Category Archives: Charlie!

Charlie: Scenes 18-23

SCENE 18 – The Maclean’s Village

Morag is working – enter Angus & Eric

Angus
Morag! Morag!

Morag
Angus, thank God

Angus
The boy needs help

Morag
Dinnae worry Eric, ya safe home now

Angus
You should be proud of those wounds lad – as big as medals they are

Morag
Where’s David

Angus
Steady yerself lass – he’s doon amang the deid noo – he was brave – he burst through their lines like a stag, but never came out again – it was a slaughter – I found Eric on my way out a that madness – but this is no turn to grieve lass – your son needs your help

Morag
Come here lad, let me wash & dress you wounds – I’ve a little gibean left, that will help

Angus
Where’s Megan

Morag
She went looking for Fergus, have ya seen him

Angus
He was alive – but I dinnae fancy his chances much – I’ve never seen anything like it – there must have been, what, a thoosand dead clansman on that field – the Flower of the Highlands – & on the way to Inverness, at least three hundred more, cut down by those blasted dragoons doing the black work of the de’il himself – I saw some poor Macgregors herded into a bothy & burnt alive

Eric squeals in pain

Morag
Its good for you lad, if it hurts it means its working

Angus
I’ll leave the lad with you, I’m going back to war

Morag
What, back! To war! Are ya mad or something?

Angus
I’m nae mad, I’m maddened, I’ve got tae carry on fighting, what else – the army, what’s left of ’em, are meeting at Ruthven Barracks – we must keep the struggle up else all shall be lost – they’ll drive us off the land, you know, replace us with sheep and cattle, we must keep on fighting – there must be another 20,000 highland soldiers what wasnae at Culloden – we can still win, Morag

Morag
It disnae bode well Angus

Eric
Aye father – there was many a lowland Scot fighting for the English on the moor – & there’ll be plenty more where those turncoats came from

Angus
To think that the Stewarts are descended from The Bruce himself – what a mess the country’s got itself into, eh? – & that’s why I have tae carry on – Morag, look after the boy, & bide well my love

Exit Angus

Morag
Here laddie, how are you feeling

Eric
F++kin’ sore

Morag
Language, Eric – you’ll be well in no time – wait, what’s that – I hear voices… they’re English – aw – we’ve got ta hide ya lad – come here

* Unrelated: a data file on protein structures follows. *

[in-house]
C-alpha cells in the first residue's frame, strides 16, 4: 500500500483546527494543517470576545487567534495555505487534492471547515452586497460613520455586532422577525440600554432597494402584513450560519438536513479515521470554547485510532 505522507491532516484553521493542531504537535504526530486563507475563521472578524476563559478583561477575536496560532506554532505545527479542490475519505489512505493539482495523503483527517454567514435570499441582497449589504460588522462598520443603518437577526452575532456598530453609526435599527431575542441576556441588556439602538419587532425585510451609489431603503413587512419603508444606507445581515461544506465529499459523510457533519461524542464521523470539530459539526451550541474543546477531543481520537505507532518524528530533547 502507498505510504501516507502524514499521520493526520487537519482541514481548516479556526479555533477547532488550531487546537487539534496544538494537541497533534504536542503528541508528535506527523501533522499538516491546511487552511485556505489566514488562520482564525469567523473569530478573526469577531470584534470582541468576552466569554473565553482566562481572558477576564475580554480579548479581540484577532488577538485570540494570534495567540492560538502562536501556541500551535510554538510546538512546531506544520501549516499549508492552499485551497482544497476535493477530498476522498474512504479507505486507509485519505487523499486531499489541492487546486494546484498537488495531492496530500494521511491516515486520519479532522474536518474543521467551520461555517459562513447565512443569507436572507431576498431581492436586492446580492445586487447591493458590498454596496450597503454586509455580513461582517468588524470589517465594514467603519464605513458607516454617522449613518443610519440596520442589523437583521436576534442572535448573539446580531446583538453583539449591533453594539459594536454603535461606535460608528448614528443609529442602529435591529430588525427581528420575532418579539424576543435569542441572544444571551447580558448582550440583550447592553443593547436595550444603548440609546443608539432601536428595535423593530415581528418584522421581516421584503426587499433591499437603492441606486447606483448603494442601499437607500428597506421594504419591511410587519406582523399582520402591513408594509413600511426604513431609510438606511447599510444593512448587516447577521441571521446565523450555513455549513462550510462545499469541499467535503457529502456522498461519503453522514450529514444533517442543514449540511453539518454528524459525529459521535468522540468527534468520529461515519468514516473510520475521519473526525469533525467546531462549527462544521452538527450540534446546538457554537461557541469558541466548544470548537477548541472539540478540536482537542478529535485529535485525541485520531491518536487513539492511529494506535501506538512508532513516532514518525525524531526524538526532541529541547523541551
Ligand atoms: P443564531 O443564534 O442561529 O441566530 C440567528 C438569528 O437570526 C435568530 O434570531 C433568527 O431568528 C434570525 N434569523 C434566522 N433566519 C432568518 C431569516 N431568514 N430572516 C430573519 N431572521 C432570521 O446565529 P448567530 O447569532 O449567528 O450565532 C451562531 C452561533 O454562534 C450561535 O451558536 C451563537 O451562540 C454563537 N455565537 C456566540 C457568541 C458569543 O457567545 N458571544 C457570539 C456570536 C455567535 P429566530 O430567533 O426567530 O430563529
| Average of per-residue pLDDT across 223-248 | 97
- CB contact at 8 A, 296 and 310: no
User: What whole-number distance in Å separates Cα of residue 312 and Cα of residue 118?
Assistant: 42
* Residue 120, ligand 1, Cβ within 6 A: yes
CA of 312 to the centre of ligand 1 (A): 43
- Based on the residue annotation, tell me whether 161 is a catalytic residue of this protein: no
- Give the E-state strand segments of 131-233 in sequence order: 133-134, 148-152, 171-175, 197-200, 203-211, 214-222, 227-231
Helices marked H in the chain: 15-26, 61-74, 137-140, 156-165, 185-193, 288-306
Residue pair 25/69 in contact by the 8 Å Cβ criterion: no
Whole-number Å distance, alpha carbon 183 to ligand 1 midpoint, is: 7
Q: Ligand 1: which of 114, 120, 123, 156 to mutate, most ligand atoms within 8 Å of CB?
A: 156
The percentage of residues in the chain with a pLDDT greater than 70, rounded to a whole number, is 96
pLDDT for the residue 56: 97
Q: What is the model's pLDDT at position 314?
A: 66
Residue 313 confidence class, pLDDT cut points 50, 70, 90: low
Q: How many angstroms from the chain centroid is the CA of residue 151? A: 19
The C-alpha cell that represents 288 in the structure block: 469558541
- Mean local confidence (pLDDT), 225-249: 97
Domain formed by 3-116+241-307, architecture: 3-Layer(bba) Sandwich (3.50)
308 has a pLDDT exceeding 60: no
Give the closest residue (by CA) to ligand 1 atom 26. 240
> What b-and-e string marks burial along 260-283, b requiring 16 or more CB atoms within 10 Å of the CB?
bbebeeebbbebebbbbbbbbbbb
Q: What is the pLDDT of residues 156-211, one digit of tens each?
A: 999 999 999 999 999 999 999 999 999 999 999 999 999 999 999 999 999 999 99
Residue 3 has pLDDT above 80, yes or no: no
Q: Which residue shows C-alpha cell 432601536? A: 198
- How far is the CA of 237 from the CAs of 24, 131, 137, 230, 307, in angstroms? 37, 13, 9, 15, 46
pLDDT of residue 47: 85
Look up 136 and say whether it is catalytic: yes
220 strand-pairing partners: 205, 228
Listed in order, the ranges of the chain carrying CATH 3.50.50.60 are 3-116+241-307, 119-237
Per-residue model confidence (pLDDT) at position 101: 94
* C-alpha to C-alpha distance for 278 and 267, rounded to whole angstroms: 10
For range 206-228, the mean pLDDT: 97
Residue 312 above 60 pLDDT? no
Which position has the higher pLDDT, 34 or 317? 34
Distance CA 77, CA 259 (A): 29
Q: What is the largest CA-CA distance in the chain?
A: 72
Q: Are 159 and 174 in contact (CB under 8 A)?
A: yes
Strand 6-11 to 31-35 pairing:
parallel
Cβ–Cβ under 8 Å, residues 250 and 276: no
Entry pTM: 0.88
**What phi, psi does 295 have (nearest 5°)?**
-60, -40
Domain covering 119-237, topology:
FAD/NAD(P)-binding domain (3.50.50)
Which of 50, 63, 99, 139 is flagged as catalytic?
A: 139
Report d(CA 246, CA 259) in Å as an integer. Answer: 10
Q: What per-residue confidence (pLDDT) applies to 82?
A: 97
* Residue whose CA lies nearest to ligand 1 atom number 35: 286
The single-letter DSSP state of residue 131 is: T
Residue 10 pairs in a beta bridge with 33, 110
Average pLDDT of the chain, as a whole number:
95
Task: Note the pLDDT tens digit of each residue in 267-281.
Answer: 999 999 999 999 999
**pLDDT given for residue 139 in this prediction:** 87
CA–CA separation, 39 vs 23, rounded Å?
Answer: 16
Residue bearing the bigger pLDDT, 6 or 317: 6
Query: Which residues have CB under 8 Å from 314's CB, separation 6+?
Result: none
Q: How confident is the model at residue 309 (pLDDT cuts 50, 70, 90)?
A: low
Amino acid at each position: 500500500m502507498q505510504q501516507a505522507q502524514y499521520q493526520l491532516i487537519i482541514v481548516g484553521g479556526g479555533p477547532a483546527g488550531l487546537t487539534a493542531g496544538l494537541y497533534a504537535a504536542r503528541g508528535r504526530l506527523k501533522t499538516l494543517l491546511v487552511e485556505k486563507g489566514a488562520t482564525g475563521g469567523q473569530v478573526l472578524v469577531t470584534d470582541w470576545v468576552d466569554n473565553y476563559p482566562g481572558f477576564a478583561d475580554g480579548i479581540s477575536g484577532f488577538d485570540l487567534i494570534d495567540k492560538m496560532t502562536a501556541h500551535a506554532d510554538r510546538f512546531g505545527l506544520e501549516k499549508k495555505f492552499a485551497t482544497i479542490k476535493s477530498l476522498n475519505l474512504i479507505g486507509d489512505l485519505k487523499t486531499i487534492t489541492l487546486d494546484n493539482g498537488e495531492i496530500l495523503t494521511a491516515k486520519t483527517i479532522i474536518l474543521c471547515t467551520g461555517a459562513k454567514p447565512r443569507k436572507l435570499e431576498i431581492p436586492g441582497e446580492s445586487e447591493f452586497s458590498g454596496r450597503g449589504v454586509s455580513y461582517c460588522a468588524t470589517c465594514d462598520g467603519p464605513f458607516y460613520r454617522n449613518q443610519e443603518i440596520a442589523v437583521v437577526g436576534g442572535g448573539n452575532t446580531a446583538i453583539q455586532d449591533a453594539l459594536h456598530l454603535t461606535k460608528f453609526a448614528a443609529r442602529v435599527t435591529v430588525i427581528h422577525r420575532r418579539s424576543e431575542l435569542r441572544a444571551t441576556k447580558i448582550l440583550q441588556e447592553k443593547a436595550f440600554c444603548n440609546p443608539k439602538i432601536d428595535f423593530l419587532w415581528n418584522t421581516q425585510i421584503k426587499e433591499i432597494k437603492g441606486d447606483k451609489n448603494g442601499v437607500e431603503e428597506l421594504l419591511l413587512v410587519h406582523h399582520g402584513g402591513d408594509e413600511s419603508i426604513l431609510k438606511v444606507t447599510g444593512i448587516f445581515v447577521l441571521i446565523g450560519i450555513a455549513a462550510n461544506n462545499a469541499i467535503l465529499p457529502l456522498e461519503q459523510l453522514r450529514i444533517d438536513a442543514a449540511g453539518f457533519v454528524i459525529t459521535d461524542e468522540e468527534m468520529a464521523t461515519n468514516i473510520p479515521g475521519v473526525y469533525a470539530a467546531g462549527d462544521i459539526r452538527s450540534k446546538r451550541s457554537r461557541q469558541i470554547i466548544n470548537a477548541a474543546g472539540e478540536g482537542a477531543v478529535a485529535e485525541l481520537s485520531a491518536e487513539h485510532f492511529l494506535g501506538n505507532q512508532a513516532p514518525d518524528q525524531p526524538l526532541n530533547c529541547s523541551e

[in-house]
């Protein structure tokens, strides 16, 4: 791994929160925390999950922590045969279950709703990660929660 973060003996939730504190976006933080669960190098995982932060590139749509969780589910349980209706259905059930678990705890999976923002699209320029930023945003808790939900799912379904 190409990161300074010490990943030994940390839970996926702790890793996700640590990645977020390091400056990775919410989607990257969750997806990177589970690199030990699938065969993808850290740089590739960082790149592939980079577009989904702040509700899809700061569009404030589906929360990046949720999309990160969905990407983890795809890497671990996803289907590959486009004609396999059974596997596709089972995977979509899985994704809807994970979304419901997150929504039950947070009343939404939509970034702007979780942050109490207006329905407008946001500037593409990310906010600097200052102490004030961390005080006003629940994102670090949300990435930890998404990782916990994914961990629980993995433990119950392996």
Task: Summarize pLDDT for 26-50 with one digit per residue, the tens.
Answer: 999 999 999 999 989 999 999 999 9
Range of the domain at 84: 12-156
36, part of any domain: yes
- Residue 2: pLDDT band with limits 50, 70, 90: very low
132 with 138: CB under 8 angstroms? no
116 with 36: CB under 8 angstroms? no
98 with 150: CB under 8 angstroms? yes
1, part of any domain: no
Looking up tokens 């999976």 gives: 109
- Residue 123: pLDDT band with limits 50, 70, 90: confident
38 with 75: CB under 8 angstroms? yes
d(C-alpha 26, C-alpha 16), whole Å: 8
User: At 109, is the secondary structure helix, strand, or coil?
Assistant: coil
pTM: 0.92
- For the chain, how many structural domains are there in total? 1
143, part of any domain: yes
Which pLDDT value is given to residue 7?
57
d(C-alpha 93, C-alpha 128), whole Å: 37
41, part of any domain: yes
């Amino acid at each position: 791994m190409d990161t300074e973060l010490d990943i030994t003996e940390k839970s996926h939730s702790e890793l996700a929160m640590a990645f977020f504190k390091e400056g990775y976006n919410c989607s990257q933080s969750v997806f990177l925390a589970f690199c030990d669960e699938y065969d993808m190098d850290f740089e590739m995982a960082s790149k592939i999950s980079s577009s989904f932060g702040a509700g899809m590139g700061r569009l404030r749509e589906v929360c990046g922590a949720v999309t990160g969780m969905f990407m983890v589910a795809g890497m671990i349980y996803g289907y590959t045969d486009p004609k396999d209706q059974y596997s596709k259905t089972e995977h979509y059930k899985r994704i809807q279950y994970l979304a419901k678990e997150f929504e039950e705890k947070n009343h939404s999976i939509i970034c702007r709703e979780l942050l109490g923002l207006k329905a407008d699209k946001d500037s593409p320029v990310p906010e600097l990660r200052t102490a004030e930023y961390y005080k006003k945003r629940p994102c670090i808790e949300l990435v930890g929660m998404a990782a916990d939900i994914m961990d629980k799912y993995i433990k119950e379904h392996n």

Morage drags Eric to a hiding place / Enter Cumberland & soldiers A&B

Cumberland
Come here old hag – yes, you – if you tell me where any rebels are hiding your life will be spared

Morag
Their arent any Jacobites around here m’lord

Cumberland
Don’t take me a fool, we know Duncan was with the Prince – men, seach the village

Soldier
Sir, look, a trail of blood

Cumberland
Follow it then, follow it

Soldier discovers Eric & drags him out

Cumberland
Well, well, what have we here – I warned you hag – kill them both

Morag
But I am a poor woman, & this laddie’s here wounded

Cumberland
That is of no consequence – he is a rebel & you are in league with him – in the name of justice King George you must both be put to death at once

Morag
No, dinnae!

Eric & Morag are shot in the heads

Cumberland
My boots – I have blood on my boots – next time take them into the woods or something

Soldier A
Sorry sir

Cumberland
No matter, good work, carry on the search then burn down the village


SCENE 19 – Ruthven Barracks

 – the surviving highlanders are gathering

Murray
O what a sight, oor brave unbroken clans
Three thousand claymores gathered ever proud
Far more than fought thro Killicrankie’s cloud
Or slaughter’d Johnnie cope at Prestonpans
Enough to battle through the coming days
Up in the hills where England fears to tread
Discovering all their unburied dead
By empty coats & bleached bones on the braes
For while we Highlanders together stand,
No conqueror these mountains can command!

Enter D’Eguiles

D’Eguiles
Attention! You brave soldiers of Scotland
I have a solemn message in my hand
Recently scrivven by the Prince of Wales –
“Alas! Our fate sea-shock’d by fortune’s gales
& I must sail to fight the war from France
& to en end has come this tragic dance
& to each man that here I leave behind
Pray do thy best by thee & thine own kind
God bless my brave, brave warriors, god bless,
Tho bravest bloom’d the heart our fate fared less! “

Maclean
Och – let him go, he was no man of arms
His frilly shirt could not defend oor farms
His pampered breast no match for highland brawn
Men like Angus Maclean the better born
A man that I have kenn’d as my own son
With him alive the war can still be won
Tho’ sixty his claymore again survives
As it has done nigh twenty times before
So let us cry aboot our bonnie land
As one clan let we noble clansmen stand

Lochiel
This is the volley of desperation
For the folly of a generation